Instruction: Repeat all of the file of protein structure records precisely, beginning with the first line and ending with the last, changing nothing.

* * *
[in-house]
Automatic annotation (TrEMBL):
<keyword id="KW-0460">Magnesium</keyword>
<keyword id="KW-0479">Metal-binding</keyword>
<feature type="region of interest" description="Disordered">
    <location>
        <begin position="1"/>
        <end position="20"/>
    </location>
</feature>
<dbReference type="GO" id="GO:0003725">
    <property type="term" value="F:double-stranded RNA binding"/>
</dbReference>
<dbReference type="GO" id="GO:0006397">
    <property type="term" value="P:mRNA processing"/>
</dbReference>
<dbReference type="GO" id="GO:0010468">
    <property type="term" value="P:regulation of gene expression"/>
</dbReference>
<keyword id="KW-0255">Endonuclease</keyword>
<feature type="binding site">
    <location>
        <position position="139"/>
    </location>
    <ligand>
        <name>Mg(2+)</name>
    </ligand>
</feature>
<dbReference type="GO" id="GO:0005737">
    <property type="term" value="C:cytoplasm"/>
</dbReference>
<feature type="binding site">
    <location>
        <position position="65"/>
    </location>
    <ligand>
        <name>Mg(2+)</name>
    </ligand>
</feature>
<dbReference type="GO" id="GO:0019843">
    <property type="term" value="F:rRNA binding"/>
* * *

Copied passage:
[in-house]
Automatic annotation (TrEMBL):
<keyword id="KW-0460">Magnesium</keyword>
<keyword id="KW-0479">Metal-binding</keyword>
<feature type="region of interest" description="Disordered">
    <location>
        <begin position="1"/>
        <end position="20"/>
    </location>
</feature>
<dbReference type="GO" id="GO:0003725">
    <property type="term" value="F:double-stranded RNA binding"/>
</dbReference>
<dbReference type="GO" id="GO:0006397">
    <property type="term" value="P:mRNA processing"/>
</dbReference>
<dbReference type="GO" id="GO:0010468">
    <property type="term" value="P:regulation of gene expression"/>
</dbReference>
<keyword id="KW-0255">Endonuclease</keyword>
<feature type="binding site">
    <location>
        <position position="139"/>
    </location>
    <ligand>
        <name>Mg(2+)</name>
    </ligand>
</feature>
<dbReference type="GO" id="GO:0005737">
    <property type="term" value="C:cytoplasm"/>
</dbReference>
<feature type="binding site">
    <location>
        <position position="65"/>
    </location>
    <ligand>
        <name>Mg(2+)</name>
    </ligand>
</feature>
<dbReference type="GO" id="GO:0019843">
    <property type="term" value="F:rRNA binding"/>